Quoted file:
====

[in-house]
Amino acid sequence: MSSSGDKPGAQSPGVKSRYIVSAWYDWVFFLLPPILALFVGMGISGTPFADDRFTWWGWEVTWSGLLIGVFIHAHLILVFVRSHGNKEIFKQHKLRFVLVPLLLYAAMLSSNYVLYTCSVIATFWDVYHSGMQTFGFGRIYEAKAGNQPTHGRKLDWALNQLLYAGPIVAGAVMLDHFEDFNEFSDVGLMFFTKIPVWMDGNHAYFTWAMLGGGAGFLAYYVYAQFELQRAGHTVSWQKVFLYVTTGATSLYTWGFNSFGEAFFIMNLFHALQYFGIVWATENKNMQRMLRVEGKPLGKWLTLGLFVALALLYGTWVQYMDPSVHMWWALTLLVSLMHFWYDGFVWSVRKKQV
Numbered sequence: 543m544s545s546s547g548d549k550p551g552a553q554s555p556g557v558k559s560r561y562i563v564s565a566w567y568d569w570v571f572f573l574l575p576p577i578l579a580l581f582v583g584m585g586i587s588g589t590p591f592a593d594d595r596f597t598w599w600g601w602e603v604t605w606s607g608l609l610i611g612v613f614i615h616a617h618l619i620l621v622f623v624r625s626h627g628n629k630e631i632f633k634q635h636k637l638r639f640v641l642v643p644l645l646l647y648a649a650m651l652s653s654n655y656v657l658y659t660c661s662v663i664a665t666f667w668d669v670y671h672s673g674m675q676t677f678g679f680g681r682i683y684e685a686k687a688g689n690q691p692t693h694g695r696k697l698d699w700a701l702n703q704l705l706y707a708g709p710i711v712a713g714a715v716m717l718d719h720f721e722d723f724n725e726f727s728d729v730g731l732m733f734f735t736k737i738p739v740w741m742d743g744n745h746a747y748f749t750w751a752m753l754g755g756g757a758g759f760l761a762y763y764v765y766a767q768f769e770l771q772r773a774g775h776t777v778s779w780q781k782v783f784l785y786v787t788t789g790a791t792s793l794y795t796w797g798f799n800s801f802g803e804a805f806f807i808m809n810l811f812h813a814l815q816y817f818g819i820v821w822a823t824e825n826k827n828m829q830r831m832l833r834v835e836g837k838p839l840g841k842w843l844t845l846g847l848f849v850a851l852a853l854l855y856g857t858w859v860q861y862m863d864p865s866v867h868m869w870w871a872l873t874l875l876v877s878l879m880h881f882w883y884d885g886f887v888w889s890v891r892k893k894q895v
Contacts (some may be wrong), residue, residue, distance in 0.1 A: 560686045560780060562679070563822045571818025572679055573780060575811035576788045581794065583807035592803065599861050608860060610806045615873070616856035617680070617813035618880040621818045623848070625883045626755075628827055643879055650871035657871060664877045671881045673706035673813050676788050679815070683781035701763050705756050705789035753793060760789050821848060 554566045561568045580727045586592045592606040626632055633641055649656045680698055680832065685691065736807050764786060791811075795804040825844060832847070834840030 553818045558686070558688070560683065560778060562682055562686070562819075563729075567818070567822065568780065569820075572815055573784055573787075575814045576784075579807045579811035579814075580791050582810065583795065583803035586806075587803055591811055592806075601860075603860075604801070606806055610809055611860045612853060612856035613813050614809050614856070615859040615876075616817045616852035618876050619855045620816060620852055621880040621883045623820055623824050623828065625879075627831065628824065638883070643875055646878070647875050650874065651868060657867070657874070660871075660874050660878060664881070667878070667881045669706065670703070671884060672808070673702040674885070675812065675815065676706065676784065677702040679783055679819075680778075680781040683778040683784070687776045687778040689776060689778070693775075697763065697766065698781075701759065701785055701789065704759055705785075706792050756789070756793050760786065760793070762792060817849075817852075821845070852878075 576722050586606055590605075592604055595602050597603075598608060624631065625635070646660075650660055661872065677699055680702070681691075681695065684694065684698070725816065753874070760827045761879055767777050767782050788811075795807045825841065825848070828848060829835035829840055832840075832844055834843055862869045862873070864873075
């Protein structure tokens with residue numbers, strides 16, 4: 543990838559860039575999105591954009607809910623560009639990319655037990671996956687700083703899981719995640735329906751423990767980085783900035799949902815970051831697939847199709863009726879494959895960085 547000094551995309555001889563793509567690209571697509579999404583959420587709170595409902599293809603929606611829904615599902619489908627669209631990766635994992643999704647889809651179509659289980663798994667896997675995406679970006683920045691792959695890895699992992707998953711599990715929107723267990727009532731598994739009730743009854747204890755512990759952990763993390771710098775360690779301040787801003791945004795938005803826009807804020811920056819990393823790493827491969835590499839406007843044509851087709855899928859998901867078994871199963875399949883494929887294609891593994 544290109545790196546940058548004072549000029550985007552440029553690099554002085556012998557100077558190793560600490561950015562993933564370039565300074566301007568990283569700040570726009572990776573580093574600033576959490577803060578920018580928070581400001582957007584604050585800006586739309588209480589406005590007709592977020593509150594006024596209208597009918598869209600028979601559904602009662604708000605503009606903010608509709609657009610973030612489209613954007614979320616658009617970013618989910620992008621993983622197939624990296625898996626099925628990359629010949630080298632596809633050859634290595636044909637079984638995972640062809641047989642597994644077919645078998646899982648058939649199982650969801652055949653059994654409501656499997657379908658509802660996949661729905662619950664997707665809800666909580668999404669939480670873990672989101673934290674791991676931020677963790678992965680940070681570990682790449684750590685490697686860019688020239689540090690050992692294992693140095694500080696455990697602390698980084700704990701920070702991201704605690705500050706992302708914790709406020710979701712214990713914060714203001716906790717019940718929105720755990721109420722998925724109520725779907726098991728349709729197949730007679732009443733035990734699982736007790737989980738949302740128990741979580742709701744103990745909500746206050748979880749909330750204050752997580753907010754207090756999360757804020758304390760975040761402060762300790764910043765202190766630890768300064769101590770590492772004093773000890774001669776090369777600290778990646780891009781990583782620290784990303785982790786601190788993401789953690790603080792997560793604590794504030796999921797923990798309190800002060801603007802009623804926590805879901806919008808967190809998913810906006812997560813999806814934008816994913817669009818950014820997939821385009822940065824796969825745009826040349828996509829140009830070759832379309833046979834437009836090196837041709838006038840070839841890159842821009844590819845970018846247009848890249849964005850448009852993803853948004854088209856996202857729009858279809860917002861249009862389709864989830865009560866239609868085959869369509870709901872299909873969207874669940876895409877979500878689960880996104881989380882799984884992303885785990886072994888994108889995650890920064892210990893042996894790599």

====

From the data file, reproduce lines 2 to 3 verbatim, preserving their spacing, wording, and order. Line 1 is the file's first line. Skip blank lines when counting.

Amino acid sequence: MSSSGDKPGAQSPGVKSRYIVSAWYDWVFFLLPPILALFVGMGISGTPFADDRFTWWGWEVTWSGLLIGVFIHAHLILVFVRSHGNKEIFKQHKLRFVLVPLLLYAAMLSSNYVLYTCSVIATFWDVYHSGMQTFGFGRIYEAKAGNQPTHGRKLDWALNQLLYAGPIVAGAVMLDHFEDFNEFSDVGLMFFTKIPVWMDGNHAYFTWAMLGGGAGFLAYYVYAQFELQRAGHTVSWQKVFLYVTTGATSLYTWGFNSFGEAFFIMNLFHALQYFGIVWATENKNMQRMLRVEGKPLGKWLTLGLFVALALLYGTWVQYMDPSVHMWWALTLLVSLMHFWYDGFVWSVRKKQV
Numbered sequence: 543m544s545s546s547g548d549k550p551g552a553q554s555p556g557v558k559s560r561y562i563v564s565a566w567y568d569w570v571f572f573l574l575p576p577i578l579a580l581f582v583g584m585g586i587s588g589t590p591f592a593d594d595r596f597t598w599w600g601w602e603v604t605w606s607g608l609l610i611g612v613f614i615h616a617h618l619i620l621v622f623v624r625s626h627g628n629k630e631i632f633k634q635h636k637l638r639f640v641l642v643p644l645l646l647y648a649a650m651l652s653s654n655y656v657l658y659t660c661s662v663i664a665t666f667w668d669v670y671h672s673g674m675q676t677f678g679f680g681r682i683y684e685a686k687a688g689n690q691p692t693h694g695r696k697l698d699w700a701l702n703q704l705l706y707a708g709p710i711v712a713g714a715v716m717l718d719h720f721e722d723f724n725e726f727s728d729v730g731l732m733f734f735t736k737i738p739v740w741m742d743g744n745h746a747y748f749t750w751a752m753l754g755g756g757a758g759f760l761a762y763y764v765y766a767q768f769e770l771q772r773a774g775h776t777v778s779w780q781k782v783f784l785y786v787t788t789g790a791t792s793l794y795t796w797g798f799n800s801f802g803e804a805f806f807i808m809n810l811f812h813a814l815q816y817f818g819i820v821w822a823t824e825n826k827n828m829q830r831m832l833r834v835e836g837k838p839l840g841k842w843l844t845l846g847l848f849v850a851l852a853l854l855y856g857t858w859v860q861y862m863d864p865s866v867h868m869w870w871a872l873t874l875l876v877s878l879m880h881f882w883y884d885g886f887v888w889s890v891r892k893k894q895v